dreams often come true; Just ask Whitey Anderson.
And there was once the vision of the smaller, non-fashionable Ballinamlard United playing in the Irish Premiership and, against all odds, the County Fermanagh outfit making that historic move back in 2012.
The club’s rise to fame is the legendary comic strip equivalent of one of the famous Roy of Rovers epics, when a fictional footballer – later to become manager – was involved in some outrageous and questionable adventures.
But after years of pain, tears, hardened corruption and determination, the Mallards manage to write their own little chapter with Whitey in the rich fabric of Irish league football.
Growing up in Cookstown, her commitment to work took her to Farmanagh at the age of 17. When he joined Ballinamlard in 1985, you just couldn’t write the screenplay.
“The day we were promoted after the home win over Bangor, I was in complete shock,” he recalls.
“Although we were the favorites to beat them, we never expected Newry City to lose to Limavadi United.
“It was a surreal moment. We didn’t know what was going on until the vice-chairman walked across the pitch and said, ‘Whitey, you just won the championship and you’ve been promoted to the Premiership.’
Instead of sinking into fame that day, the hard work began. Our president, Daisy Quinn, and everyone else worked very hard over the summer to bring our facilities up to scratch. Next thing, I was walking shoulder to shoulder with David Jeffrey and the rest of the top managers.
“When we went to places like Windsor Park and The Oval, it was not something we were afraid of as a club, although we had the utmost respect for every team.
“I still remember my first match against the Blues at Windsor Park. We beat them 3-1. Someone told me I was too calm after that. I admitted that I was still in a state of panic. This Having said that, I wasn’t going to get too overt and overpowering about it anyway.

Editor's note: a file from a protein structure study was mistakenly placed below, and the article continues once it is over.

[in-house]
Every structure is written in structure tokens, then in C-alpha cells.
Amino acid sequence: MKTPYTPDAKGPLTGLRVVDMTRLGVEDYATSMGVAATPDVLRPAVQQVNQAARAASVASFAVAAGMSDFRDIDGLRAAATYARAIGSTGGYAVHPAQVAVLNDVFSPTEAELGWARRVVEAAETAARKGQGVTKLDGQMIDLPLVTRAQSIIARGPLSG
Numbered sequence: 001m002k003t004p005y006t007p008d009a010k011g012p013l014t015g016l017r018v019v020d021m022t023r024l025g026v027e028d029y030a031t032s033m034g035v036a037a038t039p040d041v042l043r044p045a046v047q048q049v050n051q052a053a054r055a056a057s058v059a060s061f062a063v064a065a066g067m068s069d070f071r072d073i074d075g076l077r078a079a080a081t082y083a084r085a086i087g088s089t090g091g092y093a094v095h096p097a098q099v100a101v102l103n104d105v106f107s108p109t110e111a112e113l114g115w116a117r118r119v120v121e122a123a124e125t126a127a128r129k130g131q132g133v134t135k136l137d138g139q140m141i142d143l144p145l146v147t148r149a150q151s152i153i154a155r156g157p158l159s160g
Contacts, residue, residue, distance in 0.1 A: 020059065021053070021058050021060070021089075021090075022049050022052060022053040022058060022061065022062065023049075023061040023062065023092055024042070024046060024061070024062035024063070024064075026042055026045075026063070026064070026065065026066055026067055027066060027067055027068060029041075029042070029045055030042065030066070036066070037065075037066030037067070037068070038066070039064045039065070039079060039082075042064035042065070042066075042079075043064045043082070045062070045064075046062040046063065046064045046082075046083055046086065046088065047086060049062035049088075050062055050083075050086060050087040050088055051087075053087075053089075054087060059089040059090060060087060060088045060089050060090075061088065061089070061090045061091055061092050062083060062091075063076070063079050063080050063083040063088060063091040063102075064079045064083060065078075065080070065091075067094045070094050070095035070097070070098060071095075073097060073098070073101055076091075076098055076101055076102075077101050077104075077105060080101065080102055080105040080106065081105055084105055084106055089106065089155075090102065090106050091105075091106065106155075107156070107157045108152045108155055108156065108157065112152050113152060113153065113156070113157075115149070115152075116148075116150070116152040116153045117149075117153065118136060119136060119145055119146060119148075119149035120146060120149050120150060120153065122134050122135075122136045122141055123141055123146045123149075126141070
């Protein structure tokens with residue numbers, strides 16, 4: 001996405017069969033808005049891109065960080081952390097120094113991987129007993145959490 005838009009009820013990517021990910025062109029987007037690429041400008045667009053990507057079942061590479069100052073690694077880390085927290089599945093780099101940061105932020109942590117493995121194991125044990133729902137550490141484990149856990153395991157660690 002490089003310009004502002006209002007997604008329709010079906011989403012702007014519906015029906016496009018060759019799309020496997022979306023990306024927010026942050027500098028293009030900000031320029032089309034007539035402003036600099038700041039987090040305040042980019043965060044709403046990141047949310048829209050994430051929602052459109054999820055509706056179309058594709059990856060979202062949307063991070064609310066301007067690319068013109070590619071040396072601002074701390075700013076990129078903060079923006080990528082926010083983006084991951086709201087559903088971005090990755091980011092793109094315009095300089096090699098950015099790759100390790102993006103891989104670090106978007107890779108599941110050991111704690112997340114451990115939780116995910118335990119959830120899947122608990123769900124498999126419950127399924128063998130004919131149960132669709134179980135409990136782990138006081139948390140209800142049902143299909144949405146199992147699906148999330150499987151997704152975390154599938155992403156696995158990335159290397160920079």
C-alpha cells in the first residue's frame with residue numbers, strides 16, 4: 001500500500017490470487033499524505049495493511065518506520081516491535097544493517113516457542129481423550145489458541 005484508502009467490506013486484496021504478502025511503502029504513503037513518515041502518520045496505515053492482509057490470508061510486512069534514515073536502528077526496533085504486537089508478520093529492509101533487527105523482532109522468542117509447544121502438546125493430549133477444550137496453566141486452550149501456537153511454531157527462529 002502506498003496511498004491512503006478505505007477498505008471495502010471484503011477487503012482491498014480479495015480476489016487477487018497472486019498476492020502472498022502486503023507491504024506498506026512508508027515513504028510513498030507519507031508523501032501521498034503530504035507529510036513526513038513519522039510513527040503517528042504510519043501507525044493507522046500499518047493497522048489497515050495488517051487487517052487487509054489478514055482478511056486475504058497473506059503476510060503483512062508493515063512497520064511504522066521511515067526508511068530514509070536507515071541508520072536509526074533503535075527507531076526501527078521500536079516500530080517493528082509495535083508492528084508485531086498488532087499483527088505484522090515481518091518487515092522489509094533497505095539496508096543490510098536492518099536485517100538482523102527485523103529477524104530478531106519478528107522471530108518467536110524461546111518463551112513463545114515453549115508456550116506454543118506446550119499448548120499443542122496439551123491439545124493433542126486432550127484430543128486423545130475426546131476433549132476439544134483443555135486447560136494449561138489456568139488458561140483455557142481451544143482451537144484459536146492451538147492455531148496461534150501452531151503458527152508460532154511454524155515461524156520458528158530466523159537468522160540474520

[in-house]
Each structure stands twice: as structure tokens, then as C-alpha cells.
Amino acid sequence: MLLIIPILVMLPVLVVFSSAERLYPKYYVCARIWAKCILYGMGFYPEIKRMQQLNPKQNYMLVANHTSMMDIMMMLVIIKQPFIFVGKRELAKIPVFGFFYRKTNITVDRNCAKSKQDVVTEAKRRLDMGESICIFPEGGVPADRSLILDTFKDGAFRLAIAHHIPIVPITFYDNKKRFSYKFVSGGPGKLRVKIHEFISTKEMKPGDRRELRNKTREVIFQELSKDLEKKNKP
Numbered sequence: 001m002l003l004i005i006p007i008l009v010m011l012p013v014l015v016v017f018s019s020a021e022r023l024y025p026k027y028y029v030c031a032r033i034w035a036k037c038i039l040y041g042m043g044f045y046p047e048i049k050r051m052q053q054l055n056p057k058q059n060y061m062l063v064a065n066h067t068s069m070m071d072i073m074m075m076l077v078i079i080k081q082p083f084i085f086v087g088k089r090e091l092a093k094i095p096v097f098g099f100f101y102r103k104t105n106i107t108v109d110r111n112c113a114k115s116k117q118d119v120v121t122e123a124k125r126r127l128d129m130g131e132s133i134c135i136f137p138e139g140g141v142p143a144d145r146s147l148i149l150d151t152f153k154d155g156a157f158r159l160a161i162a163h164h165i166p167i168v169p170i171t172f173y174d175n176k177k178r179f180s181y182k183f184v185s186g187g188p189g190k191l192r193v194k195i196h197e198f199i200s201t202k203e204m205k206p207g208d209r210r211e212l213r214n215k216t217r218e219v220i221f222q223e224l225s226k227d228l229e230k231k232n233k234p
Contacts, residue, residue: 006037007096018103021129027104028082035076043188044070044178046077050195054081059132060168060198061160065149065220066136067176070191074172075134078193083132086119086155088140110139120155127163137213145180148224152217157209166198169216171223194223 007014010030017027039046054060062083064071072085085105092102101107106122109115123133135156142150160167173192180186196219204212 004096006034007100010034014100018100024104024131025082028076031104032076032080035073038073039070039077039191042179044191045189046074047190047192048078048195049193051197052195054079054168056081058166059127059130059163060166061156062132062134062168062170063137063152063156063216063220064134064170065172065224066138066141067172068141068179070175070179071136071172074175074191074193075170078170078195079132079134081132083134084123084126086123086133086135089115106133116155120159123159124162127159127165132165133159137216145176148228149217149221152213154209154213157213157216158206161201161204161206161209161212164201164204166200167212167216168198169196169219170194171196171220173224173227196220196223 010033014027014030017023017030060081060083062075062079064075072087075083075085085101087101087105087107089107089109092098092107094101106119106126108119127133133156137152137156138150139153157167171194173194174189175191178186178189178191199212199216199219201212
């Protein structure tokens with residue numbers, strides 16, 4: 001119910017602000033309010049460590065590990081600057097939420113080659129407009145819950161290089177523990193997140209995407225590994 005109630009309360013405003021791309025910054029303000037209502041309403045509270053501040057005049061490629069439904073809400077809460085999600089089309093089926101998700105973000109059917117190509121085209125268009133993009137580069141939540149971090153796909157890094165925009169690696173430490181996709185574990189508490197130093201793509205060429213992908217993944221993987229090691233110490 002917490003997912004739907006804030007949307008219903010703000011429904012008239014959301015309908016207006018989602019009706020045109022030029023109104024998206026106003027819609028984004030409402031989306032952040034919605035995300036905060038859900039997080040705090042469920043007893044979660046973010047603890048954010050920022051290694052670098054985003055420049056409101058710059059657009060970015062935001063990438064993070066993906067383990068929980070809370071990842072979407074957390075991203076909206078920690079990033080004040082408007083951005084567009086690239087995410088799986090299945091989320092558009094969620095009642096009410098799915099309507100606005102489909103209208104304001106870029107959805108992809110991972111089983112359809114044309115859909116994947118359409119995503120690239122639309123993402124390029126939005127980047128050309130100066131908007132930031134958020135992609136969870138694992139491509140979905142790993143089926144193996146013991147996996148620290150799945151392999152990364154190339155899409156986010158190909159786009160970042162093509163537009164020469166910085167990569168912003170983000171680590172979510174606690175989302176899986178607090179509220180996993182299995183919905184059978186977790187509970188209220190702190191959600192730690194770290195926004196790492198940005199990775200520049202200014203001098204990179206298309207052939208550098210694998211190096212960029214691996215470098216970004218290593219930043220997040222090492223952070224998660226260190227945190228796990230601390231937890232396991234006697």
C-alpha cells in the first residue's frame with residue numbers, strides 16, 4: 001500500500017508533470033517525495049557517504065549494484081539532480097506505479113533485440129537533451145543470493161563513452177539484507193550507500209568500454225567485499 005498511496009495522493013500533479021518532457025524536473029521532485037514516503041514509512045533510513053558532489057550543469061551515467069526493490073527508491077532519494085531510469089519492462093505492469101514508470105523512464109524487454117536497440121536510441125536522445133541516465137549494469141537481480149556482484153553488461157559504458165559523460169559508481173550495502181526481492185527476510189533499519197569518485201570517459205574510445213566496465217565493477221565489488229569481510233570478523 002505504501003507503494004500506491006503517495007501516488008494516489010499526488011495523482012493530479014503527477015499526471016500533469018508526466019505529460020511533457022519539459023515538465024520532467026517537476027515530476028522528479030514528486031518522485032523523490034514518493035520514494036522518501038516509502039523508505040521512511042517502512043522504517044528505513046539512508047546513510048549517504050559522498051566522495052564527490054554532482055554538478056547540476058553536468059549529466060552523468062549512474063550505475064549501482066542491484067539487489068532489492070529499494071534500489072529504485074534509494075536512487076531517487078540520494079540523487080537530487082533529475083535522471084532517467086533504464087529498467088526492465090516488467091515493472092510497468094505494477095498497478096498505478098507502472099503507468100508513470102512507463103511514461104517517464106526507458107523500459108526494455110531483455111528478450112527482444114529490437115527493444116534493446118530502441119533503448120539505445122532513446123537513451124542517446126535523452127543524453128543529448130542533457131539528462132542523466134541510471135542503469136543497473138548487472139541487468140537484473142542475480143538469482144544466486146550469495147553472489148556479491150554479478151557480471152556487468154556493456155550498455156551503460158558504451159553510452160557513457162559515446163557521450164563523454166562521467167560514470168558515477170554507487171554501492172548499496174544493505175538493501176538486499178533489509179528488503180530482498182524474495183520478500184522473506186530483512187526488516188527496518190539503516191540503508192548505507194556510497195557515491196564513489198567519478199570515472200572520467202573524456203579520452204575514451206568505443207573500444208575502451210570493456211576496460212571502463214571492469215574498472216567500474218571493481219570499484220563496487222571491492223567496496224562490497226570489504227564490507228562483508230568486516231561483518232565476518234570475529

“When I went into the press room and saw so many media people, I thought to myself, ‘I’m used to only being a press man in games’.
“We were at the top of the Premiership after the first-round fixtures, but all I had in mind was enough points on the board to stay in the division and avoid relegation.
“When you look back it was a great milestone, a team coming from a village of 1,700 people competing with the best in the Irish league.”
But it was inevitable that Belfast’s big guns would start sniffing for United’s star men.
“That summer, Linfield was after Mark Stafford, Portadown was looking at Davy Key and Glenavan was interested in Leo Carters and Jay McCartney,” he says. “We did well to retain Stafford for so long. He had actually agreed terms with David Jeffrey, but we managed to get another season out of him.
“Nothing was more gratifying to me than when he got the opportunity to play with Linfield for five years and have had such a successful time, but we did what was right for our club at the time.
“We had a good side – Alvin Rouse, McCartney, Stafford, Chris Curran, The Carters, Key, Mark McConkey and Danny Keohane. Andy Crawford and Ryan Campbell would go on all day.
“At the end of our first season, we lost Chris (Curran) to Cliftonville. He came through our youth system and went to Manchester United for two years before returning to us.
“Then the Carters were injured for a few months, Keohan moved to London and McConkey retired. Within a season, we lost a large part of the team.
“I remember winning at Cliftonville that year and I think it was the only time they lost at home because they won the league title. They were a great side, managed by the late Tommy Breslin.
“In my time as manager, we stayed in the Premiership for four seasons – we certainly weren’t a season wonder. We finished 10th in our second season and ninth in our third.
“My last season ended in a blowout, which hinged on a row involving Carrick Rangers and Warrenpoint Town, who were caught in a relegation fight.